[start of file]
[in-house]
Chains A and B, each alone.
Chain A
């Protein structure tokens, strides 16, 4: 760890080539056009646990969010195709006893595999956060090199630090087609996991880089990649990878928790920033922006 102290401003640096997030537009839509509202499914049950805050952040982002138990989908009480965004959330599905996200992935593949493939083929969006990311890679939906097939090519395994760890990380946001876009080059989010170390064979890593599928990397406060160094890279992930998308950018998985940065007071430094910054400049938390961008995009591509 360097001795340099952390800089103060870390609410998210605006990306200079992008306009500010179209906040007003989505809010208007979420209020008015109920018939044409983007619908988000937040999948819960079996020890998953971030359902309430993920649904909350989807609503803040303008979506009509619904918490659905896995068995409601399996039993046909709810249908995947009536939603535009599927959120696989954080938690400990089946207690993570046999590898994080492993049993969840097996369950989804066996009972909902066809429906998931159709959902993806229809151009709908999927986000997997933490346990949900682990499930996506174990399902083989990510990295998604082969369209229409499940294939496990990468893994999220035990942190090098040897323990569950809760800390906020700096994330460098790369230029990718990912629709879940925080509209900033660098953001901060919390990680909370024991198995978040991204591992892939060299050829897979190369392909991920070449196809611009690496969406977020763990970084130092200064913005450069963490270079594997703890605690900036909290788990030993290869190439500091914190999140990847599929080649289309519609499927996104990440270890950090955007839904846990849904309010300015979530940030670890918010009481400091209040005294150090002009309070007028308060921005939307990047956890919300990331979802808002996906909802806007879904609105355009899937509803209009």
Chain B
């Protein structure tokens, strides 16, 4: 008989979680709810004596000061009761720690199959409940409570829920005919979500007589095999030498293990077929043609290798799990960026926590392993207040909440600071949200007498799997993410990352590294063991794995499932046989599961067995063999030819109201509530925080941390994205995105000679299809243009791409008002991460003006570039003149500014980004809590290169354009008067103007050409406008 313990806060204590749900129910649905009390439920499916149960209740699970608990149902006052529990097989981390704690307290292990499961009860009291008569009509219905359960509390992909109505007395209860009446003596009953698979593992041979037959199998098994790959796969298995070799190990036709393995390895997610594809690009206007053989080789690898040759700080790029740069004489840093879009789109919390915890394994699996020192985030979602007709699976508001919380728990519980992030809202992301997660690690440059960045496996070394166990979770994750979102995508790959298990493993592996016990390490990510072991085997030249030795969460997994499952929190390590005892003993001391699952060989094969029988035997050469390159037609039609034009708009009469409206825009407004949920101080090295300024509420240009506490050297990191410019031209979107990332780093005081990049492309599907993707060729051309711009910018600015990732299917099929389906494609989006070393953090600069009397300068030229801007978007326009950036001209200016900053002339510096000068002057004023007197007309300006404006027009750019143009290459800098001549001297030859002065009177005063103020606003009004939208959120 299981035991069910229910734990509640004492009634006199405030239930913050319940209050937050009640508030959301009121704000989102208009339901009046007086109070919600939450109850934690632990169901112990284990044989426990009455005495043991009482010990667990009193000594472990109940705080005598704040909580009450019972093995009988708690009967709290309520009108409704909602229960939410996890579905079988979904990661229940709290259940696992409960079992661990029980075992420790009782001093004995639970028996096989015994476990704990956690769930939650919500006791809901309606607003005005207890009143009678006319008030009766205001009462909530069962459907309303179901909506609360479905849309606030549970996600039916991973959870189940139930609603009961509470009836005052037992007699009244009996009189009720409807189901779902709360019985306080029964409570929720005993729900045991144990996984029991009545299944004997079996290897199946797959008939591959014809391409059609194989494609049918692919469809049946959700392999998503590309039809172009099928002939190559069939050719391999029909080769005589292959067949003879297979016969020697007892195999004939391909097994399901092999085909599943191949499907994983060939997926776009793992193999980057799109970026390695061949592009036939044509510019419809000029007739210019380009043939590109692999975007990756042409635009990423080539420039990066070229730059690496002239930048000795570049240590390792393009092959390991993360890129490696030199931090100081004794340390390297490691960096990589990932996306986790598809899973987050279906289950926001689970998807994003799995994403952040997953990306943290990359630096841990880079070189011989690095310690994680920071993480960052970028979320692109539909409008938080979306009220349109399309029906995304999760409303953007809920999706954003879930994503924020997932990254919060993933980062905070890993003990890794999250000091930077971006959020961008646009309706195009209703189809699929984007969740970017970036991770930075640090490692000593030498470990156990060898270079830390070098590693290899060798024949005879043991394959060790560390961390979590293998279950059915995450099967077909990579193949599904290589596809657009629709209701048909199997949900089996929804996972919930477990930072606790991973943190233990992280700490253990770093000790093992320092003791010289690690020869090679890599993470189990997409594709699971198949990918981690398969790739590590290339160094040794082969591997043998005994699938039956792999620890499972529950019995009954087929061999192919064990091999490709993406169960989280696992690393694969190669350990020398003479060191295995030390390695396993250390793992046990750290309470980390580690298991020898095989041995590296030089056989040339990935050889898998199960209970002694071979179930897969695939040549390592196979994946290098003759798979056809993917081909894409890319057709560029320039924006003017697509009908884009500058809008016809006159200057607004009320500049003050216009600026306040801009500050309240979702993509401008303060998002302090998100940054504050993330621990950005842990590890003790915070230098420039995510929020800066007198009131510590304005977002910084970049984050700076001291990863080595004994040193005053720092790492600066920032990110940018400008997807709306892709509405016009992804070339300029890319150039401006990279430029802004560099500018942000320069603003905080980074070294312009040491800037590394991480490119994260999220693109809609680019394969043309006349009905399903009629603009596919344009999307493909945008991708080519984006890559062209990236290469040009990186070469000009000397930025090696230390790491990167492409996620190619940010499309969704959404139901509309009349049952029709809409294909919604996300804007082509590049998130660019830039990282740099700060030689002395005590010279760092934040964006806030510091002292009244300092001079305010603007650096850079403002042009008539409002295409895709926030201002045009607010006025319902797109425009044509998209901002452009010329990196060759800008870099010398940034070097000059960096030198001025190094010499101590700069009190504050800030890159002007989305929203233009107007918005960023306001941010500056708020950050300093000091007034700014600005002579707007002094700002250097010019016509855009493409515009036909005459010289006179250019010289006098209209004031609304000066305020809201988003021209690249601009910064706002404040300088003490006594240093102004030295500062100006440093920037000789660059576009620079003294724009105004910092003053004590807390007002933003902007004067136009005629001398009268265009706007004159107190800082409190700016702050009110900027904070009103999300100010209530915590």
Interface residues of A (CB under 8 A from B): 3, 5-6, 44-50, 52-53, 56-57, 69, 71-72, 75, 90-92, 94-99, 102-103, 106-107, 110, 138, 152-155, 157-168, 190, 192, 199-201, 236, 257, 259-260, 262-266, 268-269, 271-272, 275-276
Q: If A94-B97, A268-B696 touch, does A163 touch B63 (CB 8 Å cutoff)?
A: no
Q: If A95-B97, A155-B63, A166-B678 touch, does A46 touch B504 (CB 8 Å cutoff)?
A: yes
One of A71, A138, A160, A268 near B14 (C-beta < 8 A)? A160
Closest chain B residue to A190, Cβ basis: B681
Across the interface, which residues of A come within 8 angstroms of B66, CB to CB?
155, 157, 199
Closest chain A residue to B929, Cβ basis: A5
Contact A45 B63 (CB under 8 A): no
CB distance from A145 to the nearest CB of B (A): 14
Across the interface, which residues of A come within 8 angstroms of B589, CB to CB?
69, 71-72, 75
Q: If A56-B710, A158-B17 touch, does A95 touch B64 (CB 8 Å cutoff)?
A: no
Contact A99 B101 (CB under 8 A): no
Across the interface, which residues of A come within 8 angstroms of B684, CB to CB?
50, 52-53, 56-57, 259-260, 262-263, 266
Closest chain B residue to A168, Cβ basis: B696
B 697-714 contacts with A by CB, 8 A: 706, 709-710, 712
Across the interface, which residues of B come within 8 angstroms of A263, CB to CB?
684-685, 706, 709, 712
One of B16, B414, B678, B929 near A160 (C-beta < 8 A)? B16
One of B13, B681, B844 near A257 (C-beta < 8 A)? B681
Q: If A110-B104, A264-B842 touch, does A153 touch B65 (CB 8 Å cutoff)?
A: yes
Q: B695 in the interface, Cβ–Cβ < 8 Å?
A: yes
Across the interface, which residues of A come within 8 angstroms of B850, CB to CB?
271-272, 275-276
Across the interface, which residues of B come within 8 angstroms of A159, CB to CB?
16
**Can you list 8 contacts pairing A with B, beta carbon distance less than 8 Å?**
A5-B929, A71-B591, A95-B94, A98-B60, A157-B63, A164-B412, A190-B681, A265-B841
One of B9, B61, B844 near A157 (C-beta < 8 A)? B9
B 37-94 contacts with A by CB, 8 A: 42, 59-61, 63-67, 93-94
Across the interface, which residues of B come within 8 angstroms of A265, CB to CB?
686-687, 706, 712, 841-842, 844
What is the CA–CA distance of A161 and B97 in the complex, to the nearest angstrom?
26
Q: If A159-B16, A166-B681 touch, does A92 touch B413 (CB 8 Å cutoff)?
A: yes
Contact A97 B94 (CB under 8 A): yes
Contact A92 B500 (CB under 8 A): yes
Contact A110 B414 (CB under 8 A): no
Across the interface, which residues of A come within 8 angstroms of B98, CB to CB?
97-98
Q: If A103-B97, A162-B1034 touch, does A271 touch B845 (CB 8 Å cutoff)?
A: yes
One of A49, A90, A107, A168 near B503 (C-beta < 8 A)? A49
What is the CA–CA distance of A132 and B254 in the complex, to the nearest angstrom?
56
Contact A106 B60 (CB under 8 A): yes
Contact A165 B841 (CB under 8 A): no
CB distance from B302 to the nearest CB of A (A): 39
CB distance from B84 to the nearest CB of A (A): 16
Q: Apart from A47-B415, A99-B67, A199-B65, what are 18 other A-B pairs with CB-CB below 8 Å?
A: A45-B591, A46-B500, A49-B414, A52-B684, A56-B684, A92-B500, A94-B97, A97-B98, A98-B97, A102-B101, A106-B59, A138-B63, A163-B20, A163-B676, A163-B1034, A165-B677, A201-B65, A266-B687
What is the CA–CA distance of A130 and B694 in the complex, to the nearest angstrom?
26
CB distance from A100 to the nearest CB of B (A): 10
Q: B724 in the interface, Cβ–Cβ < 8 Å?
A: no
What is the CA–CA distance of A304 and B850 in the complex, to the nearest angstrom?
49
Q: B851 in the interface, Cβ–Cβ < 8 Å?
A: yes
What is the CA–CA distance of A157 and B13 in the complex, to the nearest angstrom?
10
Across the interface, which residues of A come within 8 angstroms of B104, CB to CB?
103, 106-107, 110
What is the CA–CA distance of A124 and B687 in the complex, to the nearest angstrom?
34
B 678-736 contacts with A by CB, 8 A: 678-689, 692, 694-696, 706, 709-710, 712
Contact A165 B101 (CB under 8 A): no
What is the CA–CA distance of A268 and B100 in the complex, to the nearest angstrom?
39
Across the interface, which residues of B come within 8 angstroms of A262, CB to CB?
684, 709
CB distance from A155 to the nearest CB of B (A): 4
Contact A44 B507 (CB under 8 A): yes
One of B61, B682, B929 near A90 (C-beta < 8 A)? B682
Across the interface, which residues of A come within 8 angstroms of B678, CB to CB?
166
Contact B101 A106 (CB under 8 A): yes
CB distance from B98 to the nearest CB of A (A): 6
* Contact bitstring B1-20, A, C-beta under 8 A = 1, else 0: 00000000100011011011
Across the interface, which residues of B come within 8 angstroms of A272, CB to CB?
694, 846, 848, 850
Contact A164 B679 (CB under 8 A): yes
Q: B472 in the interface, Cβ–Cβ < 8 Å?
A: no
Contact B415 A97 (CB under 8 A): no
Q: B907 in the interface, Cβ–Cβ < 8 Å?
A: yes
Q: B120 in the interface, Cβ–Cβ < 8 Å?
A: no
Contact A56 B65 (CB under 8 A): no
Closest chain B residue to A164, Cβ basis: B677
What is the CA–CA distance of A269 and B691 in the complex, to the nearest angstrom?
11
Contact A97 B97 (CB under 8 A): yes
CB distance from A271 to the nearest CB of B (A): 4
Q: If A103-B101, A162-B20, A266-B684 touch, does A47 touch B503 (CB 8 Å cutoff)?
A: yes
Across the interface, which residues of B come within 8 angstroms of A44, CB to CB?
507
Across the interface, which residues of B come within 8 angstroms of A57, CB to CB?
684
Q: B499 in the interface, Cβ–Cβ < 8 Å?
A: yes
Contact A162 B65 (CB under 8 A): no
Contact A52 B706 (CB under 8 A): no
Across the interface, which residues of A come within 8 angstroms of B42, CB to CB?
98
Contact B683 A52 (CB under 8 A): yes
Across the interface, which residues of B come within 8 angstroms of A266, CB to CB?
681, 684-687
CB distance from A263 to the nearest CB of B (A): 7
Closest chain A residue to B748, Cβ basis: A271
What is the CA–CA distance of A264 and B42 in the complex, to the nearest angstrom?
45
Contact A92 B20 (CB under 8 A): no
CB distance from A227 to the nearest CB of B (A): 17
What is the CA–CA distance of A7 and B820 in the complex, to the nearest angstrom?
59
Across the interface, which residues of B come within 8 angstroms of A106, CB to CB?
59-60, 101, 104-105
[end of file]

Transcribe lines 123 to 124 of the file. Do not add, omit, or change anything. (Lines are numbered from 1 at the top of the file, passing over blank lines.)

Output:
Contact B683 A52 (CB under 8 A): yes
Across the interface, which residues of B come within 8 angstroms of A266, CB to CB?